“When you see something like this so strange and so odd, it warrants some discussion when it comes to taxpayer-supported entities,” Mr. Rapert told The Washington Times. “One way or another we’re going to ask some questions.”
Ms. Beiner, the law school dean, did not respond to questions about her earlier approval of Mr. DiPippa attaching “William J. Clinton” to his professorship’s title.
Mr. DiPippa was a stalwart Clinton supporter during myriad investigations of the president and his administration, and internal university correspondence appears to show the chair was designed in part to reward him. William Bowen, the donor, also liked the idea of honoring Mr. Clinton with a chair, according to school records.
When Mr. Clinton accepted a five-year suspension of his law license and being held in contempt of court for less than truthful responses in civil depositions, Mr. DiPippa was a key negotiator in the deal that saved Mr. Clinton from outright disbarment, internal law school emails show.
“John DiPippa was fair and convincing in his remarks on talk/news programs and to news outlets as questions involving the president commanded the media’s attention,” law school Dean Rodney Smith wrote in an internal memo July 27, 1999, months before the chair was announced.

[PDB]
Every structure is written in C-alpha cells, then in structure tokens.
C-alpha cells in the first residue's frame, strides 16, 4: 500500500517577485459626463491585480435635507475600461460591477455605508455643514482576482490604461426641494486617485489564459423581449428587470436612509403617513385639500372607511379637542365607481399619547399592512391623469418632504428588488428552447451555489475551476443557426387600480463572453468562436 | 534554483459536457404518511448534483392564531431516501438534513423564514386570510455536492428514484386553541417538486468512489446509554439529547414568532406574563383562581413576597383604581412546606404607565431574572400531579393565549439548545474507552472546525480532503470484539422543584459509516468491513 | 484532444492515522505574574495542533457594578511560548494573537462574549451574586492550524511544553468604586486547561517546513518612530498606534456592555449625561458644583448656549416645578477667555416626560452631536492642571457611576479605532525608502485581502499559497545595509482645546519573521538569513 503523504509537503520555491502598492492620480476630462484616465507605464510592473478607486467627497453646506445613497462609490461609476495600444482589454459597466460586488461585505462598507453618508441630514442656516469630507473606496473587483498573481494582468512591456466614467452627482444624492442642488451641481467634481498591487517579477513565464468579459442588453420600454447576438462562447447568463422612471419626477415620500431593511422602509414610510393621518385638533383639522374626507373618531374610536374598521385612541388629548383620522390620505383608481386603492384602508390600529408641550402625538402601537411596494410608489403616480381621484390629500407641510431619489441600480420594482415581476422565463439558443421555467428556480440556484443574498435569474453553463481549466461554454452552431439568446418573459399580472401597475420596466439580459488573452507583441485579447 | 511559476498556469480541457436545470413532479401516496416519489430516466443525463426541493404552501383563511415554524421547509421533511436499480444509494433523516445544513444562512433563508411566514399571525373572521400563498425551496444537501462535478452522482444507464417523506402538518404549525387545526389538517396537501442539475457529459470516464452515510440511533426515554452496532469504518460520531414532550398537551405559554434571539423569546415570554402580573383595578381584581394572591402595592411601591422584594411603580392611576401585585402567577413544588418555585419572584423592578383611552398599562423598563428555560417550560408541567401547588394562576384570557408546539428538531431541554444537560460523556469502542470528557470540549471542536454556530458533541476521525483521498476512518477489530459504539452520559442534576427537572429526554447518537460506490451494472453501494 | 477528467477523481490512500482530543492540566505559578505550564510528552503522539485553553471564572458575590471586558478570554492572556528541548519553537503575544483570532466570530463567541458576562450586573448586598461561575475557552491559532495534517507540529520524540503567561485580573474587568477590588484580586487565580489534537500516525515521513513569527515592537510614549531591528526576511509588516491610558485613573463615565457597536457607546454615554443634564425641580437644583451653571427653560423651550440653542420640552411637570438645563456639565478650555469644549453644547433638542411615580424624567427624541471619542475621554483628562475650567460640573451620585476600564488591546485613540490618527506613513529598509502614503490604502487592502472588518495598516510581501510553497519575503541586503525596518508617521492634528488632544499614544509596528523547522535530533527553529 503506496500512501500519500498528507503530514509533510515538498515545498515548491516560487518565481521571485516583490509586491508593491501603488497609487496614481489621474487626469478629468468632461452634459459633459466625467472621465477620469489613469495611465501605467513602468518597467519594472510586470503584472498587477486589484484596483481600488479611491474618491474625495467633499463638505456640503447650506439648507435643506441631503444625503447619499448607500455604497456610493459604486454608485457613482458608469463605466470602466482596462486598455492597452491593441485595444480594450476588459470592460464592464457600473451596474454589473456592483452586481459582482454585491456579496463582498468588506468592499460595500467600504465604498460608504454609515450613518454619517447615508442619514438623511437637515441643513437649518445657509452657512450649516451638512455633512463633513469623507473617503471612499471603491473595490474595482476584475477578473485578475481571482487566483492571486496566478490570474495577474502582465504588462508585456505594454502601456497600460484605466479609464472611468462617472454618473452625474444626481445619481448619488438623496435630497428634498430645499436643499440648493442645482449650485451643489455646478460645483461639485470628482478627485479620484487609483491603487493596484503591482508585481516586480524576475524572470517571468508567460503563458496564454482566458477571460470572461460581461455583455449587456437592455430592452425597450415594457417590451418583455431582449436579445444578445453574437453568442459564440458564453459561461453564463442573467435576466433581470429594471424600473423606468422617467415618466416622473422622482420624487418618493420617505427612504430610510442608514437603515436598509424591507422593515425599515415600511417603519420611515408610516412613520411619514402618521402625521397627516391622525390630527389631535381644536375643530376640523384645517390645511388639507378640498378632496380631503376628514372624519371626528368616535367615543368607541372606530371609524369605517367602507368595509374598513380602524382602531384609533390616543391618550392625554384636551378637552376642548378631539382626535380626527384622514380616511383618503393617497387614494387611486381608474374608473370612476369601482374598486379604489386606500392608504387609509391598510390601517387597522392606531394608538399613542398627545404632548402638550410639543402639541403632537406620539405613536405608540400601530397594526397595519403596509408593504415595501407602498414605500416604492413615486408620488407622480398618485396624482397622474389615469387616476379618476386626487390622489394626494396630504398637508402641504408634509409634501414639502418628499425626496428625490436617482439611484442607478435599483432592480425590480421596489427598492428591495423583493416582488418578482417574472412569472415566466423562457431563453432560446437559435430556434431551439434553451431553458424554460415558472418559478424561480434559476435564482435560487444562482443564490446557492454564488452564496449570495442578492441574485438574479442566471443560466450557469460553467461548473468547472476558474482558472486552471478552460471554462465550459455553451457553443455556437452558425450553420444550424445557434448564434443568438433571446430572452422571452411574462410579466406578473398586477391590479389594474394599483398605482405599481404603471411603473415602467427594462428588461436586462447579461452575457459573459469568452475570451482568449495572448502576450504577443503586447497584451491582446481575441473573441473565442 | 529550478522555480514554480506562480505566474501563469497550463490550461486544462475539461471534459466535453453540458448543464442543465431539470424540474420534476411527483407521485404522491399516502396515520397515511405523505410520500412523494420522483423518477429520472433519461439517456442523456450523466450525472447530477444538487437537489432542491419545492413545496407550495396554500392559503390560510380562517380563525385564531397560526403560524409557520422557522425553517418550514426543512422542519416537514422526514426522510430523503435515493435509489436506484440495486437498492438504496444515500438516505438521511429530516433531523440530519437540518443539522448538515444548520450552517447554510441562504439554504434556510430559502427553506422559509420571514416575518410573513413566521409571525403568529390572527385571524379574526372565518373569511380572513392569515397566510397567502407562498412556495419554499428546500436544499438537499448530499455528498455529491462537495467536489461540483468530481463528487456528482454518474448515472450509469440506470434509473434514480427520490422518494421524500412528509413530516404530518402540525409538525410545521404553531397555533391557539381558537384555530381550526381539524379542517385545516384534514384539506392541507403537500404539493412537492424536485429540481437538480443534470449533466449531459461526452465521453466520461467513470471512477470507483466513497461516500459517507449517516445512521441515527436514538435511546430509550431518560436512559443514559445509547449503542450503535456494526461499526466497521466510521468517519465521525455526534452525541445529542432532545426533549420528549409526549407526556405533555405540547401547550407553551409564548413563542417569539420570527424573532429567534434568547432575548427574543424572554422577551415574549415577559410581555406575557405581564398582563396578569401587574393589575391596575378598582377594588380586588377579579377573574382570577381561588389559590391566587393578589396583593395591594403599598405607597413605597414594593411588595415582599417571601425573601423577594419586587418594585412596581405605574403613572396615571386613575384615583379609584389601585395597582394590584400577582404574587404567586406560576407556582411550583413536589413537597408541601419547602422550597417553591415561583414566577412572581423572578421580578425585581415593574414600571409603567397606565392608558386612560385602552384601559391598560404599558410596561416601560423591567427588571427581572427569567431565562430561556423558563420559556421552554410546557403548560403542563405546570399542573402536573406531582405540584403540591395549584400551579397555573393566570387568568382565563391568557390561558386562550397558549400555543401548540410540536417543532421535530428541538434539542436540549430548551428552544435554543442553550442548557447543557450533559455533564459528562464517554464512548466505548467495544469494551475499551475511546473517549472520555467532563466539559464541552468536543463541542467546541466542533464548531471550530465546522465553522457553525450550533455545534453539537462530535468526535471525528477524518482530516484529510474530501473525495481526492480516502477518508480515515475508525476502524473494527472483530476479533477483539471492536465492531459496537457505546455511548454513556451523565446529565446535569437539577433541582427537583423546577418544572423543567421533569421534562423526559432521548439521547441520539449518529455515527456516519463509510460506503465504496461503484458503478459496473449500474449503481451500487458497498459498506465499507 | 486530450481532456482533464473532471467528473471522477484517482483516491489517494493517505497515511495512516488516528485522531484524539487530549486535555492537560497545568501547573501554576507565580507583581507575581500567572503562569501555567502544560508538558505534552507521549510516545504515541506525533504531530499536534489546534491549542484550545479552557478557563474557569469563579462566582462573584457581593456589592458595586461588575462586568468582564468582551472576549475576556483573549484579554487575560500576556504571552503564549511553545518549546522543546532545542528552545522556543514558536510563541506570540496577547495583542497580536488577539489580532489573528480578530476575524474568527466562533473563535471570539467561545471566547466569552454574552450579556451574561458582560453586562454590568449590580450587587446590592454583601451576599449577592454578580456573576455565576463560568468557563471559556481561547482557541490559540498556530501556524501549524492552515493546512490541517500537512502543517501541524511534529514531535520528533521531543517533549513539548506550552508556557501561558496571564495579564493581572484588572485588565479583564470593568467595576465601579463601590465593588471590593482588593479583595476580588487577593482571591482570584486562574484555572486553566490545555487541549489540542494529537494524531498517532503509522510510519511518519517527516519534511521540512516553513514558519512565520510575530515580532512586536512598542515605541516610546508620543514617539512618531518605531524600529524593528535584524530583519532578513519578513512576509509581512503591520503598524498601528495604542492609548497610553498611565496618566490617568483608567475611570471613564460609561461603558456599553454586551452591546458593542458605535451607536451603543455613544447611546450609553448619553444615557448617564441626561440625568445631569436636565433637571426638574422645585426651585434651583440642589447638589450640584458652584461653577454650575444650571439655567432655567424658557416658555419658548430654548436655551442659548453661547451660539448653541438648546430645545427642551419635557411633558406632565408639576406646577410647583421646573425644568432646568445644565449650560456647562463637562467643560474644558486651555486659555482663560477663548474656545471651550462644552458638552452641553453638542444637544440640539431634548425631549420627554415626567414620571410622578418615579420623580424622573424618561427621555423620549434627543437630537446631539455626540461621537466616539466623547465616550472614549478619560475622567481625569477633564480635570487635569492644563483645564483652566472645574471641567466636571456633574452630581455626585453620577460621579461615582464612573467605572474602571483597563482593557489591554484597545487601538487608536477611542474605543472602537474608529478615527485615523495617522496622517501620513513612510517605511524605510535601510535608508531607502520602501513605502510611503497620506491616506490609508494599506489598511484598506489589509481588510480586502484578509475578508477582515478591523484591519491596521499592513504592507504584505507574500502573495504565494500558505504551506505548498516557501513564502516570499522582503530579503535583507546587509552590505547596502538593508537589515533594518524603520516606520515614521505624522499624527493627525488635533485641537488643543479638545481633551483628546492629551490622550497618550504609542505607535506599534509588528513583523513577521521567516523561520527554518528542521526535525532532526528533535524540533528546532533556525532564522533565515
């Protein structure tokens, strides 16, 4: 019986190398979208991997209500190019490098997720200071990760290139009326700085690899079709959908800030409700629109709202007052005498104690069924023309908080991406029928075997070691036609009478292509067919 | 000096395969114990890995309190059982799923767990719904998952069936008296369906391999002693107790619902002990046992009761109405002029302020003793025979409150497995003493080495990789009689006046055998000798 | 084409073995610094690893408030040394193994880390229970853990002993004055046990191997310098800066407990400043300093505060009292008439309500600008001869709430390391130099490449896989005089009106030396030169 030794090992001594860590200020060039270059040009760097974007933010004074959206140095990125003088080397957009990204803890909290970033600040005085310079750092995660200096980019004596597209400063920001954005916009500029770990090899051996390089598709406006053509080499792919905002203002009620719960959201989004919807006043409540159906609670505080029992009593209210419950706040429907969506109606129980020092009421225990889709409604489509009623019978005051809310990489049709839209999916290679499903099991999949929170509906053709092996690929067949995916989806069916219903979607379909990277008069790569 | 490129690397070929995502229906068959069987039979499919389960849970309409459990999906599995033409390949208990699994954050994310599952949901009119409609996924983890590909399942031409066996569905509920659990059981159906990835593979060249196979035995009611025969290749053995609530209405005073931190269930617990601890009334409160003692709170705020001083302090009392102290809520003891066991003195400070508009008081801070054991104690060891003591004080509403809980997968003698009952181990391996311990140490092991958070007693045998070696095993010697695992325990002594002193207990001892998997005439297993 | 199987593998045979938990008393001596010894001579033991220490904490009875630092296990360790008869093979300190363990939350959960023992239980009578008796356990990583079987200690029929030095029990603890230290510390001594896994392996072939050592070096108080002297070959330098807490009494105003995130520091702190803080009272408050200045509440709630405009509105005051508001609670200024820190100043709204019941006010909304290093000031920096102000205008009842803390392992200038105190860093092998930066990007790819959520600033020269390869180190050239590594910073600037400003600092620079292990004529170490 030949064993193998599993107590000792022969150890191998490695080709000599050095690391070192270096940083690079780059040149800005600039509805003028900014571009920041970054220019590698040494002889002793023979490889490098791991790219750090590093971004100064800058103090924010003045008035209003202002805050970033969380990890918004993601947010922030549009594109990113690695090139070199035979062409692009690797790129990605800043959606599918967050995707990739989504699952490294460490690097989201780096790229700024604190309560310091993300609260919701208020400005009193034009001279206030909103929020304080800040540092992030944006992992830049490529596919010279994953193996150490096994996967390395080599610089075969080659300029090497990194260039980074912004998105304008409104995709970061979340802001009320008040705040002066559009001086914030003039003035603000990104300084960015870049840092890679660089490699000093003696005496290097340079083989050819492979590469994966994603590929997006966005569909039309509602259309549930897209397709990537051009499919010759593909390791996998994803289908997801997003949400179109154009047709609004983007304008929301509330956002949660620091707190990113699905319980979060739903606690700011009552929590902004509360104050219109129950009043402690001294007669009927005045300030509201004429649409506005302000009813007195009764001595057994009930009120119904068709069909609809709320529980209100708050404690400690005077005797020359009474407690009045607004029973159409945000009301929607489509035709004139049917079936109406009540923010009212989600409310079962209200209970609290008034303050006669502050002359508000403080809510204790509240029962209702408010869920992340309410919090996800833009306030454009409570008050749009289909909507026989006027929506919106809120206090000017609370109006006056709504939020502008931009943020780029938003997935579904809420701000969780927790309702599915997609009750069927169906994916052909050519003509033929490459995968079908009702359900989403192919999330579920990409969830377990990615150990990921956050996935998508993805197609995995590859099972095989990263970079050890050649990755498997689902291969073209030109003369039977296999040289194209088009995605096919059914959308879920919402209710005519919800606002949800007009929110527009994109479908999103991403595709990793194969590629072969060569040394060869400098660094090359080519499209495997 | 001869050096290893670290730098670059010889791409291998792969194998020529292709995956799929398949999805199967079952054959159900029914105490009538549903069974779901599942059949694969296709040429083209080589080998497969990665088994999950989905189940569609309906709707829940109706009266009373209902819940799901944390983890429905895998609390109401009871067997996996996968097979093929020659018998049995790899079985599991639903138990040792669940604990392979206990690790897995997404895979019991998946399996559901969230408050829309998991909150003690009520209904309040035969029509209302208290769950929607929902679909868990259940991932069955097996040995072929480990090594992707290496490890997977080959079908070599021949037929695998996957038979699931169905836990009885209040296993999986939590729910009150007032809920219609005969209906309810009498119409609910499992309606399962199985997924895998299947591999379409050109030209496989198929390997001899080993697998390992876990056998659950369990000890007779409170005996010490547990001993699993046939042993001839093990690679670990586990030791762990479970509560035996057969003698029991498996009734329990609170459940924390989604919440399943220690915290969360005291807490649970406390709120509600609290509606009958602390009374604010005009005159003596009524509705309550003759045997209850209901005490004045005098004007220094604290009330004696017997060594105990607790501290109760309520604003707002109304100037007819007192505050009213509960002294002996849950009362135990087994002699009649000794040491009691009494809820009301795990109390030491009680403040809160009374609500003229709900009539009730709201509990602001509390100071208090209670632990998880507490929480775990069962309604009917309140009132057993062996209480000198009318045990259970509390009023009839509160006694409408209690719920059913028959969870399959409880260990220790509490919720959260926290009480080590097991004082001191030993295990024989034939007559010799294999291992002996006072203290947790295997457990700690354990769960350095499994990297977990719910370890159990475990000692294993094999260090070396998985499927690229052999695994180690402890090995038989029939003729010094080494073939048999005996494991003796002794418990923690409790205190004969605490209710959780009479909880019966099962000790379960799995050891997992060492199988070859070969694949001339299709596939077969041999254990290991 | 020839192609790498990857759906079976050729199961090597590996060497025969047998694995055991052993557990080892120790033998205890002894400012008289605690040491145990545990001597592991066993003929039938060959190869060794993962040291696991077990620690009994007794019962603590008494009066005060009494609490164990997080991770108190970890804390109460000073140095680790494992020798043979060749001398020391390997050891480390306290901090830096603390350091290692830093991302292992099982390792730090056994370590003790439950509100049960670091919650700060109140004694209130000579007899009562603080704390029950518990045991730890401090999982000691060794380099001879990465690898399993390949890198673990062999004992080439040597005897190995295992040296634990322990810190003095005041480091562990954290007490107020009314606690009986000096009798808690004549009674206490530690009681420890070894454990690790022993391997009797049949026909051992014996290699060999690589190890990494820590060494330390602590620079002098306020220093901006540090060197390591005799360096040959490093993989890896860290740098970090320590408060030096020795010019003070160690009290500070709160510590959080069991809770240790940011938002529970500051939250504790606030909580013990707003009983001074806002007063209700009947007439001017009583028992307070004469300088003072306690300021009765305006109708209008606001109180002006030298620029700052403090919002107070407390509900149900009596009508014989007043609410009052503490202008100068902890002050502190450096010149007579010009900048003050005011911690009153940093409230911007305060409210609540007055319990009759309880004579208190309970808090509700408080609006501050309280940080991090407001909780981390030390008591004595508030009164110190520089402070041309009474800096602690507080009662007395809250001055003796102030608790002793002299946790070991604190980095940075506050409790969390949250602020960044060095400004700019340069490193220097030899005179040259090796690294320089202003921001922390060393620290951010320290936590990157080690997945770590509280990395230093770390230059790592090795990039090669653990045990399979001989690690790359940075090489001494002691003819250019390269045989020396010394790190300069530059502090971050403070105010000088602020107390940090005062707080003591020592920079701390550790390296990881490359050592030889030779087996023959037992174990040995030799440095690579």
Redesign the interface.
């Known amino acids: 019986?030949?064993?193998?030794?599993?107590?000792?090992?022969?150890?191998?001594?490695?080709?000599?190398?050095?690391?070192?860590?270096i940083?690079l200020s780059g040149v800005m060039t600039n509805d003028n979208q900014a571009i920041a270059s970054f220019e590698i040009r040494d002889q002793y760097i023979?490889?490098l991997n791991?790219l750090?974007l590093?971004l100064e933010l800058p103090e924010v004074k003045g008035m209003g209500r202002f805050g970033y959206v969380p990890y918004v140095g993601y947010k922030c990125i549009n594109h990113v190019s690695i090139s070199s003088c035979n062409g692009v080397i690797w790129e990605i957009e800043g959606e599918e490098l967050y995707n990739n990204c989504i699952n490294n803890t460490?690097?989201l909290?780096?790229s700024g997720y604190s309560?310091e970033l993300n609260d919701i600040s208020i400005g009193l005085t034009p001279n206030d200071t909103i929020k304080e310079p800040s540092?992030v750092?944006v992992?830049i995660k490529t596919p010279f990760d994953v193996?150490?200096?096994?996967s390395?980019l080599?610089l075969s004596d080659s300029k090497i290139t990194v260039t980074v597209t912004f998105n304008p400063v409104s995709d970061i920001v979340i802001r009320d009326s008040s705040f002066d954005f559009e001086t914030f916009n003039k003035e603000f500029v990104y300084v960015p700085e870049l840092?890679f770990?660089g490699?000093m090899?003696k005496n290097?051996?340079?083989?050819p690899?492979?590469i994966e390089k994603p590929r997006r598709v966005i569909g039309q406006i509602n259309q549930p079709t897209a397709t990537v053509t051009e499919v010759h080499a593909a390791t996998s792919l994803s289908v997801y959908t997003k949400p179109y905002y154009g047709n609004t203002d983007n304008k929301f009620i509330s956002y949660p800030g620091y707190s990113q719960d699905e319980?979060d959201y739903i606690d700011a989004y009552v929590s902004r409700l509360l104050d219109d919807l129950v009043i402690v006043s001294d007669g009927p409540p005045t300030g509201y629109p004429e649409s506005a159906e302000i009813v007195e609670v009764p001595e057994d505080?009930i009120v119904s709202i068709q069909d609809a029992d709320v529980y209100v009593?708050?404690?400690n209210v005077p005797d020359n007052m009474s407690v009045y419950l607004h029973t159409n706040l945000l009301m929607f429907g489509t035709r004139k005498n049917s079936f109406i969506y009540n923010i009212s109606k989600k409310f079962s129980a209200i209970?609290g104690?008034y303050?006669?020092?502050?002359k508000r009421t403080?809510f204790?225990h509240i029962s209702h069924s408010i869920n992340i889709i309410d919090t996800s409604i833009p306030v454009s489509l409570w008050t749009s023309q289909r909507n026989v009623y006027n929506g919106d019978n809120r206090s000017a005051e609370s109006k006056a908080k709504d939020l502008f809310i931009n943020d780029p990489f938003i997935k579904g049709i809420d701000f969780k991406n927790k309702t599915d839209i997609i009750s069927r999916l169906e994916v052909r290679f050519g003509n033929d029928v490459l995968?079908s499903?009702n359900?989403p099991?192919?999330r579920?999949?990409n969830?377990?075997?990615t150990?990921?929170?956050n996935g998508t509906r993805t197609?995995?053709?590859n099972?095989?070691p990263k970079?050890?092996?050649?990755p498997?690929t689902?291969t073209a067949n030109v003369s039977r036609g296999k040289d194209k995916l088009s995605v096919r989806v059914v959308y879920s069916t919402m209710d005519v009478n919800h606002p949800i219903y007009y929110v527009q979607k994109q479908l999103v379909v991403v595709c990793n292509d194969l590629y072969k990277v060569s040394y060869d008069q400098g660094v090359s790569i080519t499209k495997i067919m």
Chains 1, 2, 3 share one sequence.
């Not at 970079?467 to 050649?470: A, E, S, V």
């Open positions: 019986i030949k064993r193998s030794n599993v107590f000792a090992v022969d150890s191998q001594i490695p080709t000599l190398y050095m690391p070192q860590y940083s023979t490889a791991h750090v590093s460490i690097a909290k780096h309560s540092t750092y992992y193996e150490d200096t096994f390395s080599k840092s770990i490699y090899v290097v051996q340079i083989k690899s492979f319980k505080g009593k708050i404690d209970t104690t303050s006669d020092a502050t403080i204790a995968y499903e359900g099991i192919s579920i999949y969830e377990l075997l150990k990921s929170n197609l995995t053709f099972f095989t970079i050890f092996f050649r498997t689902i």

“John DiPippa would be our first Clinton Professor of Constitutional Law,” Mr. Smith wrote.
In October 1999, a White House assistant counsel named Meredith Cabe wrote the school “we have no objection,” to naming the chair after Mr. Clinton, records show.
But something apparently changed. In September 2000, then-Dean Charles Goldner wrote Mr. Bowen saying he had announced the chair and Mr. DiPippa’s appointment to it, but that they were hoping Mr. Bowen would agree to lend his name to it.
“As you know, at the request of the White House, we have not made this the William J. Clinton professorship right now,” Mr. Goldner wrote.
The chair was endowed, and Mr. DiPippa occupied it from the beginning. For decades, there was no debate or question about its title, and in August 2013, a university description of “named professorships and funding” called it the “distinguished professor of law and public policy.”